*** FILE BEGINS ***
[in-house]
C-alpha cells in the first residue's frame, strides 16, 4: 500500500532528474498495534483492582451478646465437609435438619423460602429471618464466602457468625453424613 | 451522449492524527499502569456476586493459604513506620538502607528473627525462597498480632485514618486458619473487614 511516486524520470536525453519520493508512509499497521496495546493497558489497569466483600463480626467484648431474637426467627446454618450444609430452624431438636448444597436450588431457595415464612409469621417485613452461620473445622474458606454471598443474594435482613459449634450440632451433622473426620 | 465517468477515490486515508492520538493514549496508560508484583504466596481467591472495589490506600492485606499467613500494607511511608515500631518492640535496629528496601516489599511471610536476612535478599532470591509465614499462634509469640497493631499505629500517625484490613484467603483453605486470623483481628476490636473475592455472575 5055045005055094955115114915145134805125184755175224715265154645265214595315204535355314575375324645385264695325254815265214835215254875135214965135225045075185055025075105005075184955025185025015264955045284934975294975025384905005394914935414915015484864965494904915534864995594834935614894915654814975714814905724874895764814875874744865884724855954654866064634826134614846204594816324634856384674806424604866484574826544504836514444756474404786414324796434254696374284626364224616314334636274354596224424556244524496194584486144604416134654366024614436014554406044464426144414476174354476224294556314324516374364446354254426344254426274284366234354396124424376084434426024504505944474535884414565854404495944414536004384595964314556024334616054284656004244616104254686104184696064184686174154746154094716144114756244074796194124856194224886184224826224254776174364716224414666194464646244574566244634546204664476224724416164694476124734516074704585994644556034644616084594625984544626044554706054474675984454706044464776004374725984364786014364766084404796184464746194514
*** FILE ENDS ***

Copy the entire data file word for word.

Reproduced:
[in-house]
C-alpha cells in the first residue's frame, strides 16, 4: 500500500532528474498495534483492582451478646465437609435438619423460602429471618464466602457468625453424613 | 451522449492524527499502569456476586493459604513506620538502607528473627525462597498480632485514618486458619473487614 511516486524520470536525453519520493508512509499497521496495546493497558489497569466483600463480626467484648431474637426467627446454618450444609430452624431438636448444597436450588431457595415464612409469621417485613452461620473445622474458606454471598443474594435482613459449634450440632451433622473426620 | 465517468477515490486515508492520538493514549496508560508484583504466596481467591472495589490506600492485606499467613500494607511511608515500631518492640535496629528496601516489599511471610536476612535478599532470591509465614499462634509469640497493631499505629500517625484490613484467603483453605486470623483481628476490636473475592455472575 5055045005055094955115114915145134805125184755175224715265154645265214595315204535355314575375324645385264695325254815265214835215254875135214965135225045075185055025075105005075184955025185025015264955045284934975294975025384905005394914935414915015484864965494904915534864995594834935614894915654814975714814905724874895764814875874744865884724855954654866064634826134614846204594816324634856384674806424604866484574826544504836514444756474404786414324796434254696374284626364224616314334636274354596224424556244524496194584486144604416134654366024614436014554406044464426144414476174354476224294556314324516374364446354254426344254426274284366234354396124424376084434426024504505944474535884414565854404495944414536004384595964314556024334616054284656004244616104254686104184696064184686174154746154094716144114756244074796194124856194224886184224826224254776174364716224414666194464646244574566244634546204664476224724416164694476124734516074704585994644556034644616084594625984544626044554706054474675984454706044464776004374725984364786014364766084404796184464746194514